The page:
Where are you needed the most?

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By Brody Hannan

When hearing that question, what are your first thoughts? Perhaps your family need you, your sporting team, your workplace. There are some places where we, and our work, can make a bigger difference than others.

I was privileged to have met a passionate and brilliant man at a conference in my final week in London.

A proud gay man from Cyprus, he’d come to the UK for university and spent the last 4 years being a strong advocate for the queer community across campus. Nearing the end of his degree, he wanted to stay in the UK. He loved the country, and could easily secure a well-paid, meaningful job in London.

But part of him felt like he couldn’t stay to continue the fight for the queer community: “the Queer community in the UK has largely the same rights as the rest of the population. There’s less to fight for over here.”

“But in Cyprus there’s a lot to be fought for. Homosexuality was only de-criminalised 2 years ago. There’s a long way to go. In some parts of my country, I would be killed for being gay.”

 

Let that sink in for a sec.

Ignoring the fact that you can be killed for being gay in some parts of the world – how far would you go to make the biggest impact with your work? Do you choose to stay in a ‘safe’ environment, where you live a comfortable life, or do you sacrifice much and risk it all to put yourself in uncomfortable – and at times dangerous – situations to make the most impact?

I don’t have the answer here, nor can I blame my friend; should he decide to stay in London. But I think it demonstrates an important thought process we all must go through when choosing where, and to whom, we devote ourselves.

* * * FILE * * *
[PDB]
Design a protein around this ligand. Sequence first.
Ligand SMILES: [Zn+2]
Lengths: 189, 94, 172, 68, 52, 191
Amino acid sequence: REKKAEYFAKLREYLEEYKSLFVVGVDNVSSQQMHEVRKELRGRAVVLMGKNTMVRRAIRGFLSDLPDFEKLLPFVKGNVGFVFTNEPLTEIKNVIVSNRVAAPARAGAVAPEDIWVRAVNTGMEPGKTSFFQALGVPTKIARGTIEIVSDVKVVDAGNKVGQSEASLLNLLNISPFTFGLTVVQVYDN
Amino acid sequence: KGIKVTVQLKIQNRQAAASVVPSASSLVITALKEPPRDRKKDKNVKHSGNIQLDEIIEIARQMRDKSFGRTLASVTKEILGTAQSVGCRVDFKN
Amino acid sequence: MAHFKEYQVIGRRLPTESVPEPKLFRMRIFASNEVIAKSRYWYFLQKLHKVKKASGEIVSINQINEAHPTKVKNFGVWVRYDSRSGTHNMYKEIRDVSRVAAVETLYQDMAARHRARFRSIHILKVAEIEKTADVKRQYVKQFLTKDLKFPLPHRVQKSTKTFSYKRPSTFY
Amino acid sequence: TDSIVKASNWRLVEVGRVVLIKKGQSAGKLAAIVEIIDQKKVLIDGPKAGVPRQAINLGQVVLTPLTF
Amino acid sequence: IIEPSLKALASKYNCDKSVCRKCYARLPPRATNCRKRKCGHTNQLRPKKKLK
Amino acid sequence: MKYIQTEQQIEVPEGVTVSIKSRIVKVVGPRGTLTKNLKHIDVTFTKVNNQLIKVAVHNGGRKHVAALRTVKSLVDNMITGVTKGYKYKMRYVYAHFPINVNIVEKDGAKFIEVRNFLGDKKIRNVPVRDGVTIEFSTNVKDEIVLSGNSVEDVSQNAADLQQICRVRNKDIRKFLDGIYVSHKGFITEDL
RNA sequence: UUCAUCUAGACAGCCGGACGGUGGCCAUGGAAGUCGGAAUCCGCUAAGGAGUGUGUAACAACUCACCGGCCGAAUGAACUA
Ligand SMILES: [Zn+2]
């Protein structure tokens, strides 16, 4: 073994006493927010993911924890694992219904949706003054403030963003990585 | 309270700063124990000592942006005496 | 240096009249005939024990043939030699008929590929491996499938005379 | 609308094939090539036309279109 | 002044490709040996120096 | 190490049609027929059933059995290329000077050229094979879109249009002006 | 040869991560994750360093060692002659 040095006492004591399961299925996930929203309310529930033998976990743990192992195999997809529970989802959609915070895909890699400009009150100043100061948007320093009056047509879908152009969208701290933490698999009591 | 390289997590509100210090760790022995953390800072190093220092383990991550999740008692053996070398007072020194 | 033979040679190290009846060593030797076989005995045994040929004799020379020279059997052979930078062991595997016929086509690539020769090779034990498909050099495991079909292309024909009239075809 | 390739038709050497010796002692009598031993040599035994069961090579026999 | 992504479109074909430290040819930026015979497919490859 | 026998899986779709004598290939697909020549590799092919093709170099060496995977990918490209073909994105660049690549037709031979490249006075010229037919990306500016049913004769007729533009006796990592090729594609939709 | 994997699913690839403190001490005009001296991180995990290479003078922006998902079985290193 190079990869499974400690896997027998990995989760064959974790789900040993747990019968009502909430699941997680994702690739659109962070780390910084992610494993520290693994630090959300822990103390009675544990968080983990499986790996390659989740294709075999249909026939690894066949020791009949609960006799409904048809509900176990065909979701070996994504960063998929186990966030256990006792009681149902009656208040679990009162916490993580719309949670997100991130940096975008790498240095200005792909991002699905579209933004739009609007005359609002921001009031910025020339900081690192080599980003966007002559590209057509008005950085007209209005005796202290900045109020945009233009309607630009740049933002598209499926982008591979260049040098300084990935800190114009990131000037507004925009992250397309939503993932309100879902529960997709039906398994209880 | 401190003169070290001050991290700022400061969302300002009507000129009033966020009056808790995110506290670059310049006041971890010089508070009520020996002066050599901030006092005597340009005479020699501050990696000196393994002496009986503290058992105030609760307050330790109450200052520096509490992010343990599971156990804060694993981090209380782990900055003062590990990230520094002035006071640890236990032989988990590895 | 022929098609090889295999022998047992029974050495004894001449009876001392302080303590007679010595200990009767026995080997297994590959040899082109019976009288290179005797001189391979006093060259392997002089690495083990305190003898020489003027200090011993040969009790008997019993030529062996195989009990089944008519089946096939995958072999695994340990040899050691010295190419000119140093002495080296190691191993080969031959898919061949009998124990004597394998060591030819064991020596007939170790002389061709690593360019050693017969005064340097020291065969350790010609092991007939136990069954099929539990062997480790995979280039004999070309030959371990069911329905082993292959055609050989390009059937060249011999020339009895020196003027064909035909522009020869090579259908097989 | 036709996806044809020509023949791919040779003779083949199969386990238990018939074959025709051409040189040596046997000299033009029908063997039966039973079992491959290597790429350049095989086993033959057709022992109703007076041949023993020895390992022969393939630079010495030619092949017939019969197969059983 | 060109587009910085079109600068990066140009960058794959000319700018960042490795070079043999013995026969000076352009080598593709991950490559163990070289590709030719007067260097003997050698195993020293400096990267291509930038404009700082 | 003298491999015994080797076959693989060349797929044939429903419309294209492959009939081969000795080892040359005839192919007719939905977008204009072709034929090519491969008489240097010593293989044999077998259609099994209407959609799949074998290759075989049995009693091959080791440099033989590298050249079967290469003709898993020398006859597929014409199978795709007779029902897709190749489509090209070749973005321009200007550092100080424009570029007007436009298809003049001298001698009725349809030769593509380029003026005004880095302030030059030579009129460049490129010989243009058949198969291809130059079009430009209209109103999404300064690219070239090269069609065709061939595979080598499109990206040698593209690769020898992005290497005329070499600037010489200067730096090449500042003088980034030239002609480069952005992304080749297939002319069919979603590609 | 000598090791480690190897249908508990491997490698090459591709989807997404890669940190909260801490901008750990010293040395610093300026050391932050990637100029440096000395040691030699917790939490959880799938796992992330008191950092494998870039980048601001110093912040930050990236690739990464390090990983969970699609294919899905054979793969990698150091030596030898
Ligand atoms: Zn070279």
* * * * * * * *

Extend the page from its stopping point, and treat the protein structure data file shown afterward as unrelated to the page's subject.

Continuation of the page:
Ask yourself; is there somewhere or someone who needs me more than what I’m doing right now?

When faced with this question – moving from what I’m doing now (A), to something or somewhere else (B), I try to consider 3 different things:

1. What impact can I make in A compared to B?

2. What are the risks of leaving A for B?

3. Are these risks multiplied or mitigated over time?

 

While nowhere near as dangerous or critical as my friend’s situation, the example I think of when talking about these questions is what to do when I graduate. I’ll finish uni soon, and I need to decide whether I’ll stay in Canberra – a very good, but very ‘safe’ option.  Or, do I move to another part of the world to pursue work and study opportunities in a global city?

According to point 1, the impact I could make by going overseas and studying at a big university in the UK, or landing a job in the US, would be a lot bigger than if I perhaps chose to stay in Canberra.

But, the risks are much greater, too. Staying in Canberra, I’d be almost guaranteed to make money, and could probably get a nice grad job somewhere in the Australian Public Service (APS). Moving overseas puts me at risk of running out of money, losing my amazing support network in Canberra, or finding it hard to restart my career, should I move back to Australia.

But the third question is the most important one. Will remaining in Canberra help me to develop the skills and experiences to help me succeed overseas? Well, I could potentially save up some money, so I’d be mitigating the risks of going broke whilst studying in the UK.

But, staying in Canberra puts me at a greater risk of something else – complacency. Stay long enough in one place and you’ll be more and more likely to acquire commitments that’ll prevent you from ever leaving.  In that case, you’re probably better to leave sooner rather than later.

Meanwhile in Cyprus – there’s enormous impact to be made in moving there to fight for gay rights. Enormous risk as well. But this risk might be mitigated over time as the country gradually becomes more progressive with time, and my friend begins a career in the UK where he hones his advocacy skills.

Just because there’s other places and people that need our help more, doesn’t mean the biggest impact is to be made there – yet. However thinking about what footprint you leave upon a place, and what risks there are in doing so, can help you see where the biggest long-term impact is to be made.


Meet the author

I’ve just wrapped up my Bachelor of Science at the Australian National University and am looking towards further studies in public policy and a career in teaching. Growing up in Cowra, NSW, I am passionate about improving education outcomes for regional and low SES students across Australia. I want to devote my life to develop the leadership of young people to solve the global challenges of the future.